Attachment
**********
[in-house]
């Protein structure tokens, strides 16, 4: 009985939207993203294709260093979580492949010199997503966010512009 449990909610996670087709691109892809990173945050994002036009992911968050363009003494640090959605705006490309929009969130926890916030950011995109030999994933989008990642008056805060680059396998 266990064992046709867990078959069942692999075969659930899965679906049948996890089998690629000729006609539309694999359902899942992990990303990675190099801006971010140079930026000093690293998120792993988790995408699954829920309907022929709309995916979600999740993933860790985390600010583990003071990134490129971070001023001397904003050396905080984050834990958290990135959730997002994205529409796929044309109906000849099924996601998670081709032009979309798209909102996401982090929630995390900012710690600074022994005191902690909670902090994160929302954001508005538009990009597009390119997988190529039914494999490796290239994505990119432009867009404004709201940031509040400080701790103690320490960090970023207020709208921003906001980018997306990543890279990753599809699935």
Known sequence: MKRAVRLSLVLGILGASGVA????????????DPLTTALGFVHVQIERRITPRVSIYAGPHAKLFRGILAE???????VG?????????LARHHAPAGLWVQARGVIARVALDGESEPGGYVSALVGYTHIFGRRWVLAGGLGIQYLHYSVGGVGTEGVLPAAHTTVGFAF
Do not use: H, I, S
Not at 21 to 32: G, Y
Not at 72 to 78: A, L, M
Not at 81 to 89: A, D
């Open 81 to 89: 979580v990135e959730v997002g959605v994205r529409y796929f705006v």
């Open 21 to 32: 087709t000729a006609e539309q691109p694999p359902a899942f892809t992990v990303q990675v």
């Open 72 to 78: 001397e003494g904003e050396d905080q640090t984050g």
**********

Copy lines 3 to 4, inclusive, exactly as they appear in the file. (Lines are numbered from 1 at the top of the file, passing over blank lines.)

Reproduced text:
Known sequence: MKRAVRLSLVLGILGASGVA????????????DPLTTALGFVHVQIERRITPRVSIYAGPHAKLFRGILAE???????VG?????????LARHHAPAGLWVQARGVIARVALDGESEPGGYVSALVGYTHIFGRRWVLAGGLGIQYLHYSVGGVGTEGVLPAAHTTVGFAF
Do not use: H, I, S